Sea Cucumbers -
Toward the end of October of every year there is a harvest of cucumbers
in mid-ocean. These cucumbers, however, are not at all like those we see
on our tables. In the first place, they are not vegetables, but animals,
and, in the second place they grow upon the bottom of the sea. The
general appearance of the creature can be seen in the accompanying cut.
There are many species, but they all possess elongated worm-like bodies,
with thick leathery skins, and a crown of feelers, or tentacles, about
the forward extremity. All species, likewise, exercise the same
astonishing method of resenting any liberties taken with their persons,
by suddenly and unexpectedly ejecting their teeth, their stomach, their
digestive apparatus—in fact all their insides, so to speak—in the face
of the intruder, reducing themselves to a state of collapse, and making
of themselves mere empty bags, until such time as their wonderful
recuperative powers enable them to replace the organs so summarily
disposed of; for, wonderful as it may seem, teeth, stomach, digestive
organs, and all soon grow again. Moreover, these stomachs have digestive
powers that are not to be despised, far surpassing even those popularly
ascribed to the ostrich, for the sea-cucumber actually seems to feed
upon coral, and even granite has been found in its stomach.
Sea-cucumbers, as they are popularly called, are also known by the name
of trepang and sea-slug. Scientific people call them Holothuroideæ,
but why, no one has ever been able to find out, since the name has no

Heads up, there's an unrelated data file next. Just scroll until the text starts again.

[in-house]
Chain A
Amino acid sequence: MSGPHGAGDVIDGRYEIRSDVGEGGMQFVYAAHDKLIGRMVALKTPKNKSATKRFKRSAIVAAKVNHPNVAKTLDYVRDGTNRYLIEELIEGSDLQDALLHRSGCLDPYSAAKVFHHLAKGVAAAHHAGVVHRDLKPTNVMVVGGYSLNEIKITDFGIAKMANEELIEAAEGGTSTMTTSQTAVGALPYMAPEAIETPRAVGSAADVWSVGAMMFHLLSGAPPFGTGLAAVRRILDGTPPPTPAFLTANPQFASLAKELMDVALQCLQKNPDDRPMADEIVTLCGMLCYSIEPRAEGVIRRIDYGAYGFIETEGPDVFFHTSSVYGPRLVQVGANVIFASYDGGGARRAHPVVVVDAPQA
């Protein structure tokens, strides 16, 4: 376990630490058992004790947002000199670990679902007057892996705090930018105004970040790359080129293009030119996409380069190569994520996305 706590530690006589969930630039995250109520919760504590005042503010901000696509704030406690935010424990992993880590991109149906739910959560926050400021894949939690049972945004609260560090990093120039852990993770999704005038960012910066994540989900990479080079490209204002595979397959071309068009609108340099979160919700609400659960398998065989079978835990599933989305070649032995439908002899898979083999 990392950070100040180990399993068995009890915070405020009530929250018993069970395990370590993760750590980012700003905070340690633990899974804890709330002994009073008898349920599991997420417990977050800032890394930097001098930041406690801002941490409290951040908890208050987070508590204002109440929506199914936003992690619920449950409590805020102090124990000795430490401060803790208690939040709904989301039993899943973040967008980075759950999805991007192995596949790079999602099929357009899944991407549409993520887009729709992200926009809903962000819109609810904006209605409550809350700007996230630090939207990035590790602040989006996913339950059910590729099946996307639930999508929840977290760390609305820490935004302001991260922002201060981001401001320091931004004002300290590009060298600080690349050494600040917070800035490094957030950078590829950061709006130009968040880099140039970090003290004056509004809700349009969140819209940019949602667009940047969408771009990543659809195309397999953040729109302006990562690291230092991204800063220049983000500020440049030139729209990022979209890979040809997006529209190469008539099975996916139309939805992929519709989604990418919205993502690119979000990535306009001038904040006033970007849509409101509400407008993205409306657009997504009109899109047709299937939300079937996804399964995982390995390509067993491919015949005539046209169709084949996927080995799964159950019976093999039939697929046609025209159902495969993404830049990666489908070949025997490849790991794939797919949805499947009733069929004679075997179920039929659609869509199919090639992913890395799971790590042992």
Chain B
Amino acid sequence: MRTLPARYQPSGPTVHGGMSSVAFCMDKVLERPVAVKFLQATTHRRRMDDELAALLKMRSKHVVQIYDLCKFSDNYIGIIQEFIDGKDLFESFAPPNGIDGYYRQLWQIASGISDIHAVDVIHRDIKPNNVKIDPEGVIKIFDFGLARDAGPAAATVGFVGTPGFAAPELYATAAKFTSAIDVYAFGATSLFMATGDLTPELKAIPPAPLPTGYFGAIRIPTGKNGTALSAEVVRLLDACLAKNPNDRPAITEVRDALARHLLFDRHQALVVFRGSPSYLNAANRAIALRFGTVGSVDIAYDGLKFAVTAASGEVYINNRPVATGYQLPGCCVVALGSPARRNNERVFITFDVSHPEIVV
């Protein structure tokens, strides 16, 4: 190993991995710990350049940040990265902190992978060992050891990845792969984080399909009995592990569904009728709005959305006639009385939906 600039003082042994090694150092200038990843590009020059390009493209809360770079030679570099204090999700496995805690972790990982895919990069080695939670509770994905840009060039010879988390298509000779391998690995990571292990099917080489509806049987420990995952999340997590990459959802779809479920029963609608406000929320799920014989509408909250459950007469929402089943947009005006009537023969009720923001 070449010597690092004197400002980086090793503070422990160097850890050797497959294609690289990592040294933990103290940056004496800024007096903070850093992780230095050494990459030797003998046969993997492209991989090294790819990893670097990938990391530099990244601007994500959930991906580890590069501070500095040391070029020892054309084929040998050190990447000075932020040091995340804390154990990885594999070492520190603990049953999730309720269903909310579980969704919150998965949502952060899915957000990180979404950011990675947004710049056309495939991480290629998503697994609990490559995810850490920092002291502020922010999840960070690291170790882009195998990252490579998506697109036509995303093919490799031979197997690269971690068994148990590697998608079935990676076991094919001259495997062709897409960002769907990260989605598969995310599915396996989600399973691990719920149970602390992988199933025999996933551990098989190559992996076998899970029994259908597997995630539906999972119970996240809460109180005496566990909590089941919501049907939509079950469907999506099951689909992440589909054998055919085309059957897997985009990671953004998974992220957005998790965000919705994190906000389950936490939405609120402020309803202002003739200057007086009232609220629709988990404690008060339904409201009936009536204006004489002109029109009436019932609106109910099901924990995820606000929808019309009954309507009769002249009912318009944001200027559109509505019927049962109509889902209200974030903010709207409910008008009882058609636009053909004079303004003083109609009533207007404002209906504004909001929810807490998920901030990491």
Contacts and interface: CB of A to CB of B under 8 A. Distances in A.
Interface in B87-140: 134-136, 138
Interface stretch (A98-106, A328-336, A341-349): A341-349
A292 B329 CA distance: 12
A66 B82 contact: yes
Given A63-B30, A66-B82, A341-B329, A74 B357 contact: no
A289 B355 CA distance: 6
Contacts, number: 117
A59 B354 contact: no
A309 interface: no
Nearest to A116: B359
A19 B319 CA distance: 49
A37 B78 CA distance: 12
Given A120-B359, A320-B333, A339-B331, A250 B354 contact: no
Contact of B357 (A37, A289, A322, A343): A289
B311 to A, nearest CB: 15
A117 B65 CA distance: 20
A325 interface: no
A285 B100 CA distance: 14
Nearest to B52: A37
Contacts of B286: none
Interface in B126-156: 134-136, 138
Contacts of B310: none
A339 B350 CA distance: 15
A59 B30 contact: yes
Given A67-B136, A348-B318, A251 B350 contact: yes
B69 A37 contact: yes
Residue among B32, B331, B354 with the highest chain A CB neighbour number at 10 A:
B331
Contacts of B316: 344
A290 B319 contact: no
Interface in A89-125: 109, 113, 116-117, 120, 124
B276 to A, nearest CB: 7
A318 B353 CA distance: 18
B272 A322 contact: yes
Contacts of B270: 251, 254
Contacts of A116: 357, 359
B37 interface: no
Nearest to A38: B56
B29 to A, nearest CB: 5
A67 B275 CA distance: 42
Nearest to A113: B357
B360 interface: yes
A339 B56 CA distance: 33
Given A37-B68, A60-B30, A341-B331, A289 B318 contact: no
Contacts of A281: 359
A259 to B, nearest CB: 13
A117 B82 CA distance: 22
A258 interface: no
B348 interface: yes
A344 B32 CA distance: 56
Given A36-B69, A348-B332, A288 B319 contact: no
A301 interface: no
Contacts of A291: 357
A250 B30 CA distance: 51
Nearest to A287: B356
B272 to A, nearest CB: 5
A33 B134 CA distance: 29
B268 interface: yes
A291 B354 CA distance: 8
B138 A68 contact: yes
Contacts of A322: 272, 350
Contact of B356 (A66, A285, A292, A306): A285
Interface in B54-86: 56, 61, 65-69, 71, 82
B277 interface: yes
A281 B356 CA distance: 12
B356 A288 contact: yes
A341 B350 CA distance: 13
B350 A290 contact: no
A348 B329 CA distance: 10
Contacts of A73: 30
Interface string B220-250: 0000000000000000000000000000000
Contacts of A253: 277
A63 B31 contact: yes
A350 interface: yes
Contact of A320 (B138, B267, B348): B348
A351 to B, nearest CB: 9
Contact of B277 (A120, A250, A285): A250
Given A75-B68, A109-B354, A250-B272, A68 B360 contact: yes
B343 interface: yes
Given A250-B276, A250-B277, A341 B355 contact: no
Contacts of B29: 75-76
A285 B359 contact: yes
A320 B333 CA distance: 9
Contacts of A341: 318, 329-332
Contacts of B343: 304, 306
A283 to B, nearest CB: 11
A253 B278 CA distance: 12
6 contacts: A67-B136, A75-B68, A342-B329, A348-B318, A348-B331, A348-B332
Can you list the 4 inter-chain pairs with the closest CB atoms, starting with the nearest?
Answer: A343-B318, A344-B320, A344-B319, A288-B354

meaning. Sea-cucumbers are considered a great delicacy by the Chinese.
Thousands of Chinese vessels, called junks, are fitted out every year
for these fisheries. Trepangs are caught in different ways. Sometimes
the patient fishermen lie along the fore-part of vessels, and with long
slender bamboos, terminating in sharp hooks, gather in sea-cucumbers
from the bottom of the sea, so practiced in hand and eye that the catch
is never missed, and is discerned sometimes at thirty yards' distance.
When the water is not more than four or five fathoms deep, divers are
sent down to gather these culinary monsters, as seen in the
illustration, the boat and junk remaining near to receive the harvest.
THE PROCESS OF SCALDING.
BOILING AND CURING.
As soon as the trepangs are collected they are carried to the shore,
when they are scalded by throwing them alive into large iron pots set
over little ovens built of stones. Here they are stirred about by means
of a long pole resting upon a forked stick, as seen in the illustration.
In these vessels they remain a couple of minutes, when they are taken
out, disemboweled with a sharp knife, if they haven't already thrown up
their stomachs, and then taken to great bamboo sheds containing still
larger boilers. In these latter is water seasoned with mimosa bark. A
busy scene now ensues; all is bustle, noise, and activity. The bubbling
of the great caldrons, the incessant chatter of those engaged in the
work, the dumping of fresh loads of sea-cucumbers into the vessels, and
the removal of others to hang in clusters on the ropes above, or be
deposited on hurdles to dry in the sun, make "confusion worse
confounded," and give the spectator a new and realizing sense of the
confusion of tongues at the Tower of Babel.
The sea-cucumbers having been smoked in the large caldrons (for the
mimosa bark is consumed in the process), and then dried, are ready for
the market, and, packed in bundles, are stowed away in the holds of the
junks and proas off shore.
They are said to taste like lobsters; but if they look, as one traveller
says they do, "like dried sausages rolled in mud and thrown up the
chimney," few of us could be induced to try whether we liked them or